Lessons for the American Empire
By Anna Bernasek
New York Times
January 30, 2005
IN 1897, Britain celebrated Queen Victoria's diamond jubilee with grand ceremonies, lavish parties and parades that stretched for miles. It was all in tribute to a monarch who had reigned for 60 years, but it was also a celebration of Britain's unrivaled world power and success. Never before had an empire been as wealthy or as vast, spanning a quarter of the world's population and land mass. Yet within 50 years, the British Empire would vanish.
No living memory survives to compare the speeches, parade and celebrations surrounding President Bush's inauguration with those of Queen Victoria's day. But the president's triumphal tone in his Inaugural Address was just one of a growing number of factors that evoke shades of empires past.
Today the United States is the unrivaled world leader in commerce and political and military force. As such, it faces many of the same questions that have concerned powerful nations for centuries. Obviously, it is not destined to undergo precisely the same experience as, say, imperial Britain or the Soviet Union. But the history of great powers, particularly in the modern era, offers lessons worth considering in navigating the future.
Economists and historians have long recognized the importance of balance in a nation's spending priorities. Over time, those spending decisions help determine the trajectory of a nation's prosperity and power. A country can run into trouble, for instance, if it consumes too much in military spending and starves its economy of investment. If such a pattern continues, that country's economy won't be productive enough to support further military spending; ultimately, its military will weaken and its power will decline.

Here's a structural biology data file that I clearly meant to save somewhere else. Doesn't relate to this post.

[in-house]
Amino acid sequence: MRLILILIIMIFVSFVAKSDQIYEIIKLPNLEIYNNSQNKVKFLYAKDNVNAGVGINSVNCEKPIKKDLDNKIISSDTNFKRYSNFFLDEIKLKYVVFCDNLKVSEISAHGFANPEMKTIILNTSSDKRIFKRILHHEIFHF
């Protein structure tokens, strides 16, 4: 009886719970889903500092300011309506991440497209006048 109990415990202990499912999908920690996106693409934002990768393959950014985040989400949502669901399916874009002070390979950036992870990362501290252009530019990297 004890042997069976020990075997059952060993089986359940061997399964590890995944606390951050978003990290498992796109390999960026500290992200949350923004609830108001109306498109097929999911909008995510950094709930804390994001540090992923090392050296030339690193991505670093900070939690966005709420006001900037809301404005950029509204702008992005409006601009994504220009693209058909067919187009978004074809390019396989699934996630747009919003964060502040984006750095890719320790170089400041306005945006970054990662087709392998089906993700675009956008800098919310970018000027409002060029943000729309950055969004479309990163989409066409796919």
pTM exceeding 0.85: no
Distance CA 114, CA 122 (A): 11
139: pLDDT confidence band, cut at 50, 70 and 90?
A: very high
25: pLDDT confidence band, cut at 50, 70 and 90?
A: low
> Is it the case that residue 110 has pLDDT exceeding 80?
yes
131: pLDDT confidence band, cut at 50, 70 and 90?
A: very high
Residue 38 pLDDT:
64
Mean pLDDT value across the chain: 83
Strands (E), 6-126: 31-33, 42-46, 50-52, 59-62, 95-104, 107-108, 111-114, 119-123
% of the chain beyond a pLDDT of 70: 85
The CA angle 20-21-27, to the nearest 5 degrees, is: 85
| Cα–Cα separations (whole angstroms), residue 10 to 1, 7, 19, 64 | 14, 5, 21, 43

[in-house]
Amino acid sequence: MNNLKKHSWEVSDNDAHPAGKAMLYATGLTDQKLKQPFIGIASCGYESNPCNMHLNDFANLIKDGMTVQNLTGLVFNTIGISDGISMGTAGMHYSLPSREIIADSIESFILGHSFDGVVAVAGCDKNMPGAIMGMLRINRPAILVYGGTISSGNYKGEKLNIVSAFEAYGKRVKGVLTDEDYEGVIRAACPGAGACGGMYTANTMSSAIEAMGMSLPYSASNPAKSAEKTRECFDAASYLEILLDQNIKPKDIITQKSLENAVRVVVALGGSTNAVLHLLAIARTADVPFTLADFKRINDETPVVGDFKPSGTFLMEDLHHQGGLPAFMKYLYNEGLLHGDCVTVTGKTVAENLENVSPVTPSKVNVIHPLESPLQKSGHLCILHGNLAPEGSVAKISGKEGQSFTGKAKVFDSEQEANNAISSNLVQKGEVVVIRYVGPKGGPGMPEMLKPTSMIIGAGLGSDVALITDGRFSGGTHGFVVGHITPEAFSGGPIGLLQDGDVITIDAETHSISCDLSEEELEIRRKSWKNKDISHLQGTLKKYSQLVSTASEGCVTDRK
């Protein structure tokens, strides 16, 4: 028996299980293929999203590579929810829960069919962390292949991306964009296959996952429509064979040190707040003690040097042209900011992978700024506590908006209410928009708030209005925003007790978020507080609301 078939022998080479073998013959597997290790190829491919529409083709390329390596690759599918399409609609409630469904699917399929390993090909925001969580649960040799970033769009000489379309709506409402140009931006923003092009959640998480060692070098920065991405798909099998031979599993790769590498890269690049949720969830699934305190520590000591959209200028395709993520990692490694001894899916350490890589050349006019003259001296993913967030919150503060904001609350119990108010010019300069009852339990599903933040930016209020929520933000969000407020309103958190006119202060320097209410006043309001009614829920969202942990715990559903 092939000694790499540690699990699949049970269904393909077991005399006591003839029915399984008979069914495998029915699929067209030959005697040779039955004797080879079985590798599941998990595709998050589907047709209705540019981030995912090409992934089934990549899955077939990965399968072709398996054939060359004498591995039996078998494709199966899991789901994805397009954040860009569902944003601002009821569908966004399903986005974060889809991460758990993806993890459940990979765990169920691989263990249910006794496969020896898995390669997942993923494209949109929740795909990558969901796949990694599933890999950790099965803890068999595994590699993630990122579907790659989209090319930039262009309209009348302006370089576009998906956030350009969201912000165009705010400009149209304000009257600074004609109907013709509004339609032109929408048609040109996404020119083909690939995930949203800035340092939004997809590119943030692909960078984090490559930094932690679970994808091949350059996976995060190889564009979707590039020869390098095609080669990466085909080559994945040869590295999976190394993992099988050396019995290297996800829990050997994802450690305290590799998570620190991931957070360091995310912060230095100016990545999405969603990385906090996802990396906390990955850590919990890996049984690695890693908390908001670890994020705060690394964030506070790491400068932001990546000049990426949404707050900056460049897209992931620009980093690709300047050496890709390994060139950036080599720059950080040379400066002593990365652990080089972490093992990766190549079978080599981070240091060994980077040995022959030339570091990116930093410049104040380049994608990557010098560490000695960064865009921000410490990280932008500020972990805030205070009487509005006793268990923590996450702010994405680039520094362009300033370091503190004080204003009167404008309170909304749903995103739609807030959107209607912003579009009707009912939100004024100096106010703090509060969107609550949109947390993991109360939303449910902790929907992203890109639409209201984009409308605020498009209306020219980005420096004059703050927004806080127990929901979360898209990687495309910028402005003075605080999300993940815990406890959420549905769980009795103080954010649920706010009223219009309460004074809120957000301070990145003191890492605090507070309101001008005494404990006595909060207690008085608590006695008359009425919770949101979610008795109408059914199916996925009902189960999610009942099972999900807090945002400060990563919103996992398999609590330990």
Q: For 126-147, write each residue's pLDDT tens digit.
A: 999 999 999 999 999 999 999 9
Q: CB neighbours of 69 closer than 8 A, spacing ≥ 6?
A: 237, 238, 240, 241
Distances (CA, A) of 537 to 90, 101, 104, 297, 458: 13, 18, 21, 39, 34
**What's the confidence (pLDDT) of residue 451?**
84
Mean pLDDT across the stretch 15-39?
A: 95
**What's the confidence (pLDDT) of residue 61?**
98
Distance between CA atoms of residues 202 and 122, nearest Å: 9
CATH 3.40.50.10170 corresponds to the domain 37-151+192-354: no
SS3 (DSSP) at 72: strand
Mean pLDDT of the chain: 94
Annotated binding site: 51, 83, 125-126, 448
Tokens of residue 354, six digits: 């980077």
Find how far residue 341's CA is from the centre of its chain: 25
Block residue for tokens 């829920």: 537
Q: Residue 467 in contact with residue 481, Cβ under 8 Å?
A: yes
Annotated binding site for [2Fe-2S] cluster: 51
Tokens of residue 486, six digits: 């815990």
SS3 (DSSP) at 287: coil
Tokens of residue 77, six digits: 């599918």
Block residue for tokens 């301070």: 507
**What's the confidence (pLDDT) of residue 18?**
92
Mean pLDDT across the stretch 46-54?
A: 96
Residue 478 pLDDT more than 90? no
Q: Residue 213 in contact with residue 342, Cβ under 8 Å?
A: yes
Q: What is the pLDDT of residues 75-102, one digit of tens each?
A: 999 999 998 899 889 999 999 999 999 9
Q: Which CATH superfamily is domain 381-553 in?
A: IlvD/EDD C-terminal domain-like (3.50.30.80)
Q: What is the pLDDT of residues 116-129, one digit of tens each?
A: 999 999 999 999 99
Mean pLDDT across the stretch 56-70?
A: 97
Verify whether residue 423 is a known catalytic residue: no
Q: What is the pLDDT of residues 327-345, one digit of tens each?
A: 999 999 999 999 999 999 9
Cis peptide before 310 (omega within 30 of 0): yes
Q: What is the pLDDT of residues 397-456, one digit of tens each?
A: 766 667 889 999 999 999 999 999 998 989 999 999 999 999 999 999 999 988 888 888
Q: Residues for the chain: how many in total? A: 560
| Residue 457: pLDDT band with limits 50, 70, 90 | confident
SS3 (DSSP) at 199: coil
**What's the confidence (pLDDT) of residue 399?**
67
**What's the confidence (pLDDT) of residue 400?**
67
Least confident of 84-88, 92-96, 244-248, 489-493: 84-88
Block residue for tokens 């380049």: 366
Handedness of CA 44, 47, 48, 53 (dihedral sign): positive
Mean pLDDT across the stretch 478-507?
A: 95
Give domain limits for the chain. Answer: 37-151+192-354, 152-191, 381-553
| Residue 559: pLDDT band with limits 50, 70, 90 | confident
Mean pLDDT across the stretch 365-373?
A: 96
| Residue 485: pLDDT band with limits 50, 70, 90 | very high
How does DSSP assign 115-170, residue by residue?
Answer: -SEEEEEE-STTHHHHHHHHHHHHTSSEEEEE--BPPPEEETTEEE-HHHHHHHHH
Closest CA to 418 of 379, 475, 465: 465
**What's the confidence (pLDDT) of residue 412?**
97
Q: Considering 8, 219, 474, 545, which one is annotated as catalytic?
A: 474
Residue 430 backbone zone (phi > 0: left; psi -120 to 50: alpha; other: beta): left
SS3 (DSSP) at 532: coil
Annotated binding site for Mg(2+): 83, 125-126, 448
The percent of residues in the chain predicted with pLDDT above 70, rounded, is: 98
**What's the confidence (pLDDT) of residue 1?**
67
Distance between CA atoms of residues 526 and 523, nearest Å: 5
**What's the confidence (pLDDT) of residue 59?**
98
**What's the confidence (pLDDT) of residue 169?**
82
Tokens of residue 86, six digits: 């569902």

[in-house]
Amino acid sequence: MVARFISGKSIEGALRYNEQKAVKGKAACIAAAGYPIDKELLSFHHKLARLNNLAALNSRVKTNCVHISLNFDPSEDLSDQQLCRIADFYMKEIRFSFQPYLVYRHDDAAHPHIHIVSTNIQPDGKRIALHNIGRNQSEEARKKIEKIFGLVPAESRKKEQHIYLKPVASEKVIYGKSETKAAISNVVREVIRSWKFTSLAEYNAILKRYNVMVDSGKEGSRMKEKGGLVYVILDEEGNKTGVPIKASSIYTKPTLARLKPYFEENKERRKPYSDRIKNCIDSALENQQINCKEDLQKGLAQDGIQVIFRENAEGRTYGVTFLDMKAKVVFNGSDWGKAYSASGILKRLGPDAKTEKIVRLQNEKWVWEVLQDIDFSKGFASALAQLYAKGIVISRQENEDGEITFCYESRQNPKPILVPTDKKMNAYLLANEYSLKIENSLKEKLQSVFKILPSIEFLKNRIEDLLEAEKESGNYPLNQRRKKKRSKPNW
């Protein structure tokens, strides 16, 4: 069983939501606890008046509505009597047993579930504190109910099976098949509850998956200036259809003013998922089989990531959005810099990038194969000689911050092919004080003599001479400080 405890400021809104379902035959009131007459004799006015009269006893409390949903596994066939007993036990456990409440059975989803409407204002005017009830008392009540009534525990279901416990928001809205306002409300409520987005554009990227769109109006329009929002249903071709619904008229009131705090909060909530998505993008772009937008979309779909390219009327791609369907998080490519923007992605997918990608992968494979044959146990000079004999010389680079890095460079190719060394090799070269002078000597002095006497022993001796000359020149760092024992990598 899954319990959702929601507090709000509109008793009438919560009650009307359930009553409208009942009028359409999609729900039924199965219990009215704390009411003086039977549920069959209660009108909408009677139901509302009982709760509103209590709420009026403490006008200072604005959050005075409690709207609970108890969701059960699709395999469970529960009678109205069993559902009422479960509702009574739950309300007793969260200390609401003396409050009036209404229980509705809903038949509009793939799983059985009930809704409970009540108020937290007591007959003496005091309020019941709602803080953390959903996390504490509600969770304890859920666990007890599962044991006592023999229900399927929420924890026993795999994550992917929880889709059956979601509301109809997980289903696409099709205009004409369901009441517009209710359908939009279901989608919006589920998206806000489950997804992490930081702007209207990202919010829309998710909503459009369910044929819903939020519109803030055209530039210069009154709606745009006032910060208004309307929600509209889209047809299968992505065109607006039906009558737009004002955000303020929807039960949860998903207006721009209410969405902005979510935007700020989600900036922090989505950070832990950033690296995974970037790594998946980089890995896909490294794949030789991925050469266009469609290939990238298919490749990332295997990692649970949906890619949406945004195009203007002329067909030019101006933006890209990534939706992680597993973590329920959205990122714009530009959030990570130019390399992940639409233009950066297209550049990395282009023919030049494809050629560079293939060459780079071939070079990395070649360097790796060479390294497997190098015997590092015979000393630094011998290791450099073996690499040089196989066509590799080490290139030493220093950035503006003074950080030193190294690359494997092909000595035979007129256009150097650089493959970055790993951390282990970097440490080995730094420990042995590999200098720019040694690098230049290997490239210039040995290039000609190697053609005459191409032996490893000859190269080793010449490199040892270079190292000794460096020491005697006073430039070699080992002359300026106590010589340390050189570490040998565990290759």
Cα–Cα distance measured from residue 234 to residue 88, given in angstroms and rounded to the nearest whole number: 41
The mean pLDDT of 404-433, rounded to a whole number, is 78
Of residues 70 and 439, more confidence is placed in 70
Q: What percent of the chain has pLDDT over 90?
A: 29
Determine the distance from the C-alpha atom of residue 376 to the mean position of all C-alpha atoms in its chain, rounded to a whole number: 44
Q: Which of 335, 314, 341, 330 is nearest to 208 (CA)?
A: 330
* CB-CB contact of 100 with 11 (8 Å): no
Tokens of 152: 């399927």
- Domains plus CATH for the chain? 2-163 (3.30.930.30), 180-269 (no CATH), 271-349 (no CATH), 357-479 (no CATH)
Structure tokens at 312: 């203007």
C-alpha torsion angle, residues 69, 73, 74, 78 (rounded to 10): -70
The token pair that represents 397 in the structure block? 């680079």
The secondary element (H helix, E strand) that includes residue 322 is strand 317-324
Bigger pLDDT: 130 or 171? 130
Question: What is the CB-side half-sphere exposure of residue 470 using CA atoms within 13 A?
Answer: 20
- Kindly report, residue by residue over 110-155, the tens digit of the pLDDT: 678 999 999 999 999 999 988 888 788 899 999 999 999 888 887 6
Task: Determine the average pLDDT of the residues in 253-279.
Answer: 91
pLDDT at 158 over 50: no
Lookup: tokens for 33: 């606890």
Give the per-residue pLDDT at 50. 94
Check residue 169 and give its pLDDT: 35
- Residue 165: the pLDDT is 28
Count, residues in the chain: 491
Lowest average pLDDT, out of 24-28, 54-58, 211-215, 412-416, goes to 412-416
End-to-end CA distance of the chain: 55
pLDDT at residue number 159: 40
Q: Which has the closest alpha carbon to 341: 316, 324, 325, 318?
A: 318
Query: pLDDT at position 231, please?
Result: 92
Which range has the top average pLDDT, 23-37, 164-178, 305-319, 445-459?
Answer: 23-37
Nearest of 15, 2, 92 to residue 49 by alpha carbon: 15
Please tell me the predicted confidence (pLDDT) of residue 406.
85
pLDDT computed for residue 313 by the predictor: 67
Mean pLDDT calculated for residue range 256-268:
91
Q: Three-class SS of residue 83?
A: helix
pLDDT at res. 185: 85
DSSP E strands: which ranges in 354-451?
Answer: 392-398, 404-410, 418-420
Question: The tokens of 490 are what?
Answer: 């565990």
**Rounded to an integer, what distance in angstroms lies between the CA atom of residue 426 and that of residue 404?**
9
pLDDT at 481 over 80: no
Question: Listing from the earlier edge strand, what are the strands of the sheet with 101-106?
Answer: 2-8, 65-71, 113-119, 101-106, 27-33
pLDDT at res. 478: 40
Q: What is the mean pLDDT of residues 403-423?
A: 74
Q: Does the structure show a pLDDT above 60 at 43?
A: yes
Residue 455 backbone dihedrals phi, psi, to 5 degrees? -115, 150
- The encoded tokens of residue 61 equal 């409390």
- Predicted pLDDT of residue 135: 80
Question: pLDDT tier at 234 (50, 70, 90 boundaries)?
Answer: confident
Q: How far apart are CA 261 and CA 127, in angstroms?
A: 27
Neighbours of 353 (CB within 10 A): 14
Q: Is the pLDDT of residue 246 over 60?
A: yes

In a 1987 book, "The Rise and Fall of the Great Powers," Paul Kennedy, a history professor at Yale, formulated the concept this way: "Without a rough balance between these competing demands of defense, consumption and investment, a Great Power is unlikely to preserve its status for long." The British Empire was crushed by its unsustainable spending on World War I and World War II. For the Soviet Union, the cold war ultimately proved too much for its planned economy to support.
Today, the United States faces its own difficult choices between the competing demands of security, consumption and investment. Abroad, the Iraq war lingers painfully while other potential conflicts loom in Iran and elsewhere. Domestically, privatization of Social Security could cost a cool $2 trillion or so. And in global commerce, the offshore threat to the labor force and competition for business profits are increasing. Up-and-coming companies based in Asia and elsewhere may one day rival even our most successful corporations. That prospect makes increased investment in research and development and in education a pressing need for the economy. Put all that against the backdrop of the country's already substantial debts, and it is clear that tough decisions need to be made.
Now for those practical lessons.